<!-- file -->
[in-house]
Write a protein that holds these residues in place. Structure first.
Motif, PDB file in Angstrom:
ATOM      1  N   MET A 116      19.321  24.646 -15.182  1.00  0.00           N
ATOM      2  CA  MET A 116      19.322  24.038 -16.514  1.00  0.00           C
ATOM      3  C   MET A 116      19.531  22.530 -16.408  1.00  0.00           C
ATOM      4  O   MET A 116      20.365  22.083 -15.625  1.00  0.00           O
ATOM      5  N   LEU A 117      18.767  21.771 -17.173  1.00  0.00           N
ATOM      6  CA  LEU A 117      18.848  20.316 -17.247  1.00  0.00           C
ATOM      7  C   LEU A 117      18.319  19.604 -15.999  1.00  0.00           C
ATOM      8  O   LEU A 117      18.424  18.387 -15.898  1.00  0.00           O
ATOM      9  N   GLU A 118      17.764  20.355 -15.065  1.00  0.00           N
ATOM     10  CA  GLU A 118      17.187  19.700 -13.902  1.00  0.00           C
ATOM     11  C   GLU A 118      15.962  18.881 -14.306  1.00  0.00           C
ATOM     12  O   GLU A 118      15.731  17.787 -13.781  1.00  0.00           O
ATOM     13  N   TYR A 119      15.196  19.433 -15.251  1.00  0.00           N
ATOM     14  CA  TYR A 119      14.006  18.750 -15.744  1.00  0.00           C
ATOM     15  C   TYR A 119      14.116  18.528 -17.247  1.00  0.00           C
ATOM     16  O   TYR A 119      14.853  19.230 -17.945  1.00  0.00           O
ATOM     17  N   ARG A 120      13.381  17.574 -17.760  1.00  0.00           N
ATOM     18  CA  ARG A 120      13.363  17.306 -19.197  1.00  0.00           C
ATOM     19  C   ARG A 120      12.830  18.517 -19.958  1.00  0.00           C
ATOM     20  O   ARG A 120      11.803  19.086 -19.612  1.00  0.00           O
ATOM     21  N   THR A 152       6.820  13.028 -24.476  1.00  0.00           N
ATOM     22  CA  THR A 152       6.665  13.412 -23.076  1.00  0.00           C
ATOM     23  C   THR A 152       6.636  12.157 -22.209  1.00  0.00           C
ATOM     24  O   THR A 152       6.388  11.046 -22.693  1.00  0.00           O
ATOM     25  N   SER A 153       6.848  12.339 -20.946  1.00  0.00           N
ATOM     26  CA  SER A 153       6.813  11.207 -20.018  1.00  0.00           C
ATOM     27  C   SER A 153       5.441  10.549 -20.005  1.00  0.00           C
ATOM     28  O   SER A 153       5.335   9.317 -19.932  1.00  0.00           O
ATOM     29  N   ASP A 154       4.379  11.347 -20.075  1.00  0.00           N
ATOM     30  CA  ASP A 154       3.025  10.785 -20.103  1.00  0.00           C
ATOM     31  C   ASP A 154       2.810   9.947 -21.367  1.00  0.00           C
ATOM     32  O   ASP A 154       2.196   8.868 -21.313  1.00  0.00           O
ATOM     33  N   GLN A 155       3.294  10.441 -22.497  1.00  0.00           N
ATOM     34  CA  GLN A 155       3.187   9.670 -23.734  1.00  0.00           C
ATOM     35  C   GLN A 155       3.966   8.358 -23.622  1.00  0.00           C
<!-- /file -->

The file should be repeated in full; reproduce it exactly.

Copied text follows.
[in-house]
Write a protein that holds these residues in place. Structure first.
Motif, PDB file in Angstrom:
ATOM      1  N   MET A 116      19.321  24.646 -15.182  1.00  0.00           N
ATOM      2  CA  MET A 116      19.322  24.038 -16.514  1.00  0.00           C
ATOM      3  C   MET A 116      19.531  22.530 -16.408  1.00  0.00           C
ATOM      4  O   MET A 116      20.365  22.083 -15.625  1.00  0.00           O
ATOM      5  N   LEU A 117      18.767  21.771 -17.173  1.00  0.00           N
ATOM      6  CA  LEU A 117      18.848  20.316 -17.247  1.00  0.00           C
ATOM      7  C   LEU A 117      18.319  19.604 -15.999  1.00  0.00           C
ATOM      8  O   LEU A 117      18.424  18.387 -15.898  1.00  0.00           O
ATOM      9  N   GLU A 118      17.764  20.355 -15.065  1.00  0.00           N
ATOM     10  CA  GLU A 118      17.187  19.700 -13.902  1.00  0.00           C
ATOM     11  C   GLU A 118      15.962  18.881 -14.306  1.00  0.00           C
ATOM     12  O   GLU A 118      15.731  17.787 -13.781  1.00  0.00           O
ATOM     13  N   TYR A 119      15.196  19.433 -15.251  1.00  0.00           N
ATOM     14  CA  TYR A 119      14.006  18.750 -15.744  1.00  0.00           C
ATOM     15  C   TYR A 119      14.116  18.528 -17.247  1.00  0.00           C
ATOM     16  O   TYR A 119      14.853  19.230 -17.945  1.00  0.00           O
ATOM     17  N   ARG A 120      13.381  17.574 -17.760  1.00  0.00           N
ATOM     18  CA  ARG A 120      13.363  17.306 -19.197  1.00  0.00           C
ATOM     19  C   ARG A 120      12.830  18.517 -19.958  1.00  0.00           C
ATOM     20  O   ARG A 120      11.803  19.086 -19.612  1.00  0.00           O
ATOM     21  N   THR A 152       6.820  13.028 -24.476  1.00  0.00           N
ATOM     22  CA  THR A 152       6.665  13.412 -23.076  1.00  0.00           C
ATOM     23  C   THR A 152       6.636  12.157 -22.209  1.00  0.00           C
ATOM     24  O   THR A 152       6.388  11.046 -22.693  1.00  0.00           O
ATOM     25  N   SER A 153       6.848  12.339 -20.946  1.00  0.00           N
ATOM     26  CA  SER A 153       6.813  11.207 -20.018  1.00  0.00           C
ATOM     27  C   SER A 153       5.441  10.549 -20.005  1.00  0.00           C
ATOM     28  O   SER A 153       5.335   9.317 -19.932  1.00  0.00           O
ATOM     29  N   ASP A 154       4.379  11.347 -20.075  1.00  0.00           N
ATOM     30  CA  ASP A 154       3.025  10.785 -20.103  1.00  0.00           C
ATOM     31  C   ASP A 154       2.810   9.947 -21.367  1.00  0.00           C
ATOM     32  O   ASP A 154       2.196   8.868 -21.313  1.00  0.00           O
ATOM     33  N   GLN A 155       3.294  10.441 -22.497  1.00  0.00           N
ATOM     34  CA  GLN A 155       3.187   9.670 -23.734  1.00  0.00           C
ATOM     35  C   GLN A 155       3.966   8.358 -23.622  1.00  0.00           C